In 1960 the first birth control pill was approved by the FDA. It was widely known in the United States to help prevent woman from getting pregnant, decreasing acne and stabilizing hormones. For years now birth control has been associated with the lower rates of births even though it is not one hundred percent effective. There are a lot of woman who take birth control pills to help prevent them from getting unwanted pregnancies, and there are a lot of woman who love birth control pills. However, there has been some debate on whether or not birth control pills should be offered in middle schools to students. Some of the arguments associated with this debate are should students be able to get the birth control pills without the parents’ consent, birth control pills can lower the rate of teen pregnancies and abortions, and will the birth control pills raise the risk of middle school students sexual activity.
Over the years fewer teens are becoming pregnant and the increase in birth control pills is what is being associated with these lower rates of pregnancies. However, there are still those young girls who are becoming pregnant due to the lake of access of birth control pills for the younger girls. Now day’s children as early as eleven are engaging in sexual intercourse. Several pre-teens reported having intercourse and "of those who reported intercourse, 36 percent were age 11 or younger at first sex, 27 percent were 12, 28 percent were 13, and 9 percent were 14 or older" (Jones). Not only are they having sex at such a young age but “43 percent of sexually experienced participants reported multiple sex partners" (Jones) These statistics are part of the reason as to why middle schools should start offering birth control to their students. There are those who believe that the best way to prevent teen pregnancies is by teaching abstinence but in reality if there are students who want to have sex they are going to have sex no matter what they are taught. If all we did was teach them about abstinence then that will only make these students try and hide it from everyone therefore creating a high risk of them becoming pregnant because they will have no form of birth control. Birth control pills will help lower the risk of pre-teen and teen pregnancies. Girls can begin their periods as early as nine years old, and if they start having sex at eleven it will raise the risk of them becoming a teen mom. This is why it is important to offer birth control in middle schools to help prevent these pre-teens from getting pregnant.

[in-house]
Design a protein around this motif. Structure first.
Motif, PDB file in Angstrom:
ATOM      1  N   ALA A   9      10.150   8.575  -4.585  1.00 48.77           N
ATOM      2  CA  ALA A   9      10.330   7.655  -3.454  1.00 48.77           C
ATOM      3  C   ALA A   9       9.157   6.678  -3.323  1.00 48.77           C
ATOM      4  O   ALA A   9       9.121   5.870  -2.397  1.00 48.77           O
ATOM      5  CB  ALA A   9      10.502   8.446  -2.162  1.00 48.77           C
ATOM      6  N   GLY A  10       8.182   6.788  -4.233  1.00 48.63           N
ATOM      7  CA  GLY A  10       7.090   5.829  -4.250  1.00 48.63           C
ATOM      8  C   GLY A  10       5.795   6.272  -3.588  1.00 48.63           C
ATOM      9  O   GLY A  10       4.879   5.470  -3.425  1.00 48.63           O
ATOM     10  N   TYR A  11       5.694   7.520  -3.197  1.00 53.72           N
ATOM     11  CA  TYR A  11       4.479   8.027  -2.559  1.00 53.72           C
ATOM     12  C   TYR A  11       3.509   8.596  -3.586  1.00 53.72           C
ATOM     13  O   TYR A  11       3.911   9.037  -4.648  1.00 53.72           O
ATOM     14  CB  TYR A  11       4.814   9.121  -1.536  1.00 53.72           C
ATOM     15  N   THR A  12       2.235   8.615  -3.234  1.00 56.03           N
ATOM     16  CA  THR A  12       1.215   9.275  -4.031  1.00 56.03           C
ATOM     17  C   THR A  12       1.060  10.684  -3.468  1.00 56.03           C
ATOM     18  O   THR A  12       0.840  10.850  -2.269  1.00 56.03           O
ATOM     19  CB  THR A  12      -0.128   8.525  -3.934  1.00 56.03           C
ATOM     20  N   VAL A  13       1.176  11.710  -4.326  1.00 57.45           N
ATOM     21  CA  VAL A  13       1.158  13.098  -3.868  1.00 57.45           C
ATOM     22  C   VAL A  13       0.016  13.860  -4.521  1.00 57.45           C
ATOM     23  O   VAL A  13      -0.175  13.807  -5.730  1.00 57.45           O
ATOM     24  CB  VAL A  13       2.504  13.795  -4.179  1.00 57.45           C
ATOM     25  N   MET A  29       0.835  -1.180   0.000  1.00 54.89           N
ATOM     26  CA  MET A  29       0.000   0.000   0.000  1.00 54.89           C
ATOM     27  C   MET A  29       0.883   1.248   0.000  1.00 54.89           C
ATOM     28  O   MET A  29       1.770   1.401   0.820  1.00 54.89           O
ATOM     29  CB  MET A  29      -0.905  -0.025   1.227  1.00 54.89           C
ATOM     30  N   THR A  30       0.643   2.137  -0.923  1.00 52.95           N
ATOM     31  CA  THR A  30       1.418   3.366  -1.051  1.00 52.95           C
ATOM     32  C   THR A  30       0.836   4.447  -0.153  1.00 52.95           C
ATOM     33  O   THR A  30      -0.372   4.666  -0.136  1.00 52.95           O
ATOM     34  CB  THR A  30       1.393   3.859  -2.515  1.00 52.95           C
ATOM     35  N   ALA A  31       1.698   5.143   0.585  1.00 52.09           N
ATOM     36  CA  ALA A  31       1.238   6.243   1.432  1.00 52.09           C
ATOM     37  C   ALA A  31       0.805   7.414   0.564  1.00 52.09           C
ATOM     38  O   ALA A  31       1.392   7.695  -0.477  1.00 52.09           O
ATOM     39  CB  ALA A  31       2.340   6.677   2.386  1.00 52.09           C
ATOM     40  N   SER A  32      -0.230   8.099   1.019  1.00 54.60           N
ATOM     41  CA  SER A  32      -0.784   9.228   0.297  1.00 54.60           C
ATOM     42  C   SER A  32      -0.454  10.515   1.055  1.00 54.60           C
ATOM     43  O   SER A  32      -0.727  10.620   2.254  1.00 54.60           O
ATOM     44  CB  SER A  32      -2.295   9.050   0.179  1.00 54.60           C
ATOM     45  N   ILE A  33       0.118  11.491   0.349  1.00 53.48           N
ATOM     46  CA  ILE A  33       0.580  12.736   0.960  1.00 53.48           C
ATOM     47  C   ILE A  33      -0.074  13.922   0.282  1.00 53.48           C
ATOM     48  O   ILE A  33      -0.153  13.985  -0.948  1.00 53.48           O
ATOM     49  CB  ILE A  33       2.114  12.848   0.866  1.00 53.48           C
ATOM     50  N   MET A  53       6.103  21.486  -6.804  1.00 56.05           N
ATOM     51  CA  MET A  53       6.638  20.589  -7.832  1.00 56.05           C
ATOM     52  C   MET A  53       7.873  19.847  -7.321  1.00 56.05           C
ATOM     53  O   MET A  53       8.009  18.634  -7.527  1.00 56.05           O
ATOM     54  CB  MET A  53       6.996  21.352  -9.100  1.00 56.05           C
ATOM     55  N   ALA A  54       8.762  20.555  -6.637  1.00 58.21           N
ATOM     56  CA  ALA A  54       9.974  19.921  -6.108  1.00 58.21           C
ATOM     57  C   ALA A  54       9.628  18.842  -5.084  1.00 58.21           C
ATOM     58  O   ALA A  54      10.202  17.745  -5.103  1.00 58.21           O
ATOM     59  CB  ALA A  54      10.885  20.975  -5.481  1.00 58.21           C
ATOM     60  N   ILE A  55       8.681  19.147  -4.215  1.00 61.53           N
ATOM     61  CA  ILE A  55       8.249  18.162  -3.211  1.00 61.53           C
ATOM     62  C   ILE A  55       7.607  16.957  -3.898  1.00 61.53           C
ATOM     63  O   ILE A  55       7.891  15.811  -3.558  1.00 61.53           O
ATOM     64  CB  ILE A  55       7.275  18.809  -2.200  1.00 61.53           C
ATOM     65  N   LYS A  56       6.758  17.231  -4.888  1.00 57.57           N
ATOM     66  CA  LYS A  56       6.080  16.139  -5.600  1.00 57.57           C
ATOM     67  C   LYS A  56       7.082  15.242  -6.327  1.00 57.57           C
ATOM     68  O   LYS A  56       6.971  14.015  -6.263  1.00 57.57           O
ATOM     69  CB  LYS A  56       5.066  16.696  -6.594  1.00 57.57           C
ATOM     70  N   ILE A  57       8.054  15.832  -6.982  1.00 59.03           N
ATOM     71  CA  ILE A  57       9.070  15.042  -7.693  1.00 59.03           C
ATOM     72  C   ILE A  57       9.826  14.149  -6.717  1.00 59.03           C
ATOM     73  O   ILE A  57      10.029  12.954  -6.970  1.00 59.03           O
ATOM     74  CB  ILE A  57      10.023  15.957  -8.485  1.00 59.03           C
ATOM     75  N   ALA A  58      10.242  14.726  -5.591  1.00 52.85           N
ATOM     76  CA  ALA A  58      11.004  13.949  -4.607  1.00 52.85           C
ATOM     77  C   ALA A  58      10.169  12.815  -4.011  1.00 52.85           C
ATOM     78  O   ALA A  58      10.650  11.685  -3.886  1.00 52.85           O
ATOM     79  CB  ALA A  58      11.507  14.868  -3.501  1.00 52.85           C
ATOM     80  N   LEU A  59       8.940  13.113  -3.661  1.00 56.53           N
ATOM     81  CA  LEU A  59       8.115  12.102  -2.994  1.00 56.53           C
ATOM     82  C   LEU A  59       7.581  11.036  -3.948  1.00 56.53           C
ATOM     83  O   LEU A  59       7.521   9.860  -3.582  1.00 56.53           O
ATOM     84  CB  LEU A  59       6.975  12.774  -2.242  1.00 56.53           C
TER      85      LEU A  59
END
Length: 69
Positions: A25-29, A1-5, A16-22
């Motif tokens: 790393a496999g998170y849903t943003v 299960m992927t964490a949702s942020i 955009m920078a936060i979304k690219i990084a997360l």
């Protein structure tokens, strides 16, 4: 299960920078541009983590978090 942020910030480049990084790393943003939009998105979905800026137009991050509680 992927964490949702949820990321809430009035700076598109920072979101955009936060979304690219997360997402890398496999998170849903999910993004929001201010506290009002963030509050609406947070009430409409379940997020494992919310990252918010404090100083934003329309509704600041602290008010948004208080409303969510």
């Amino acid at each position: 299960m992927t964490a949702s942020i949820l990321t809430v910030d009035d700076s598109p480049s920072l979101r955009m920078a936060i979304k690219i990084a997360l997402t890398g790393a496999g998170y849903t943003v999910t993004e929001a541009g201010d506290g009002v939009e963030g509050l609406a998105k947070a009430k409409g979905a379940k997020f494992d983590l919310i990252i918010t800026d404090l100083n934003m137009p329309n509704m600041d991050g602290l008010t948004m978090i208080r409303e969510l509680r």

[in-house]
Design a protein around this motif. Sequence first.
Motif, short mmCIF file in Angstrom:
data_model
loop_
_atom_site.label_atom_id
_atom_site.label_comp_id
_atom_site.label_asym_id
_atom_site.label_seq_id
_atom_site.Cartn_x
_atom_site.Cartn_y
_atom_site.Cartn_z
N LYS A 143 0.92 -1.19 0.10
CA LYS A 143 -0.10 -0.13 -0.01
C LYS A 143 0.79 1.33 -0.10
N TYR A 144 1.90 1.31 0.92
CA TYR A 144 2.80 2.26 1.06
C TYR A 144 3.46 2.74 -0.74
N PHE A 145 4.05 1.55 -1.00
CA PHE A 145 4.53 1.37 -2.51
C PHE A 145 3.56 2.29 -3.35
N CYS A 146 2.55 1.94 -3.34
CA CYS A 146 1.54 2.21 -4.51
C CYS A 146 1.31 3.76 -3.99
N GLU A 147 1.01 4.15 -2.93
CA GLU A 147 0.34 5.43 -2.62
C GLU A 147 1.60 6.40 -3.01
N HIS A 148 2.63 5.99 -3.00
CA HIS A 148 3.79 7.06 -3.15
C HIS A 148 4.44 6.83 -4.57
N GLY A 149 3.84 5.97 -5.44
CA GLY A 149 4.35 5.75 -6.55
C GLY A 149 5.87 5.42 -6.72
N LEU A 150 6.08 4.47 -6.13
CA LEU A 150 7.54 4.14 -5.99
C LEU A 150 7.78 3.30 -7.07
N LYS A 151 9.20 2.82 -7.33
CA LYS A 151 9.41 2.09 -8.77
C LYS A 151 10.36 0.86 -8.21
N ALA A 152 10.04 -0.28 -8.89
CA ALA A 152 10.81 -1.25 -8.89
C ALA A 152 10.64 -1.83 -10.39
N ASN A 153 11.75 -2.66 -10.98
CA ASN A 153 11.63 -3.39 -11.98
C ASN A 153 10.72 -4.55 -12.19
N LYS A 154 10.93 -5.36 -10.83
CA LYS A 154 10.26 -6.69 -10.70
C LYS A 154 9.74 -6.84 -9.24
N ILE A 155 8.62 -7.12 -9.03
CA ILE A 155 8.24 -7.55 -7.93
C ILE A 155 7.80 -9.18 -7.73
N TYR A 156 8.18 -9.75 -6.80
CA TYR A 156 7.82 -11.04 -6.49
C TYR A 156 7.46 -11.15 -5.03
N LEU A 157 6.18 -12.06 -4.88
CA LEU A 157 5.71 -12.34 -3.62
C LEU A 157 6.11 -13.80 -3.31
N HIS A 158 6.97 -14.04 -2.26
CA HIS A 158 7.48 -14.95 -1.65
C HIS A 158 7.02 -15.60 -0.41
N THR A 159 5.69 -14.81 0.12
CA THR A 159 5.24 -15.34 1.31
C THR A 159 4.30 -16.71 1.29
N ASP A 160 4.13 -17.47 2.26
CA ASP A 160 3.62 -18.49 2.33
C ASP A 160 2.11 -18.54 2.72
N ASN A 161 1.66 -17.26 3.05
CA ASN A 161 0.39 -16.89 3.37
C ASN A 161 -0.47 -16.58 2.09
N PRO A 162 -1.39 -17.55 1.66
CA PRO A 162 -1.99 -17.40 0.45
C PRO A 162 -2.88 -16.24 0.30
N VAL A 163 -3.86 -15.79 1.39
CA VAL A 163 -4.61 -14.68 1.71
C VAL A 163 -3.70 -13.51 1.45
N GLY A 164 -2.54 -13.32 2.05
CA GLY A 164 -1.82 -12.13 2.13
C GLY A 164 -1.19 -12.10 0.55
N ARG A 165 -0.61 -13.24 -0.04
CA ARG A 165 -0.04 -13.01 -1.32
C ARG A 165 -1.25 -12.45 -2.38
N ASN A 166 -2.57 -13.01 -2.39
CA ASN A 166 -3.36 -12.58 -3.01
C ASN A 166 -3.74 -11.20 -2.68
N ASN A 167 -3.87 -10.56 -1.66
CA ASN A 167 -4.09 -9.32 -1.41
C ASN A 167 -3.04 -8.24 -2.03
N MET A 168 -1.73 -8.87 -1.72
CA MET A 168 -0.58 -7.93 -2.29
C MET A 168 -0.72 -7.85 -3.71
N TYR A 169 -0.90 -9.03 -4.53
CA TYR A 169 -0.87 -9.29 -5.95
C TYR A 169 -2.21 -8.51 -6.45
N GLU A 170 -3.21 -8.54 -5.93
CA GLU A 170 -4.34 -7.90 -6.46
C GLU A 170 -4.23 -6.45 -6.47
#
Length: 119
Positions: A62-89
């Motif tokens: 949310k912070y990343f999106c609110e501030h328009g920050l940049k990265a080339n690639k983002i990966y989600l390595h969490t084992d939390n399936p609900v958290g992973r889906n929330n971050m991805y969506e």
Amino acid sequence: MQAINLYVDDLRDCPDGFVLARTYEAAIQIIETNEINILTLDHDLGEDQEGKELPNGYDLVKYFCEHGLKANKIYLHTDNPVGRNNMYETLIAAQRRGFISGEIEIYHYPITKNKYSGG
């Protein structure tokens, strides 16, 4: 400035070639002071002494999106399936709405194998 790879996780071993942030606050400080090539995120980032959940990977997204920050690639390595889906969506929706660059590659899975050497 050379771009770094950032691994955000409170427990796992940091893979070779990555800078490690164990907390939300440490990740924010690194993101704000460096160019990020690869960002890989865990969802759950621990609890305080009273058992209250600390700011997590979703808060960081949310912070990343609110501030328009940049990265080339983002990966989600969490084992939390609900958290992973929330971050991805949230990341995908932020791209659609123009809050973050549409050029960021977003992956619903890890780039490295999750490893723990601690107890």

There are some people who believe that by offering birth control pills to middle school students it will increase sexual behavior because they believe that it will encourage students to have sex. They believe “it makes students who have not yet even given a thought to the opposite sex much more aware of the idea” (Topolewski). According to Topoleqski even “though no form of birth control completely guards against pregnancy or STDs, children may get the idea that by using contraception, they are immune to any negative consequences of sex.” Although this may be true a way to prevent this would be to create classes and programs for the students to help inform them of all the consequences. These classes and programs can provide all the information that a student will need to know about sex and birth control, the good and the bad things about it. By allowing students to be in these classes it will no longer leave students confused when they are around those who are engaging in sexual intercourse. There are those who prey on the ones who know nothing about sex and this class will help those naïve students know when someone is lying to them.
When it comes to birth control in middle schools there are some who are concerned with parents not being able to give their consent to their child receiving birth control. They believe that if parents have no consent then that will be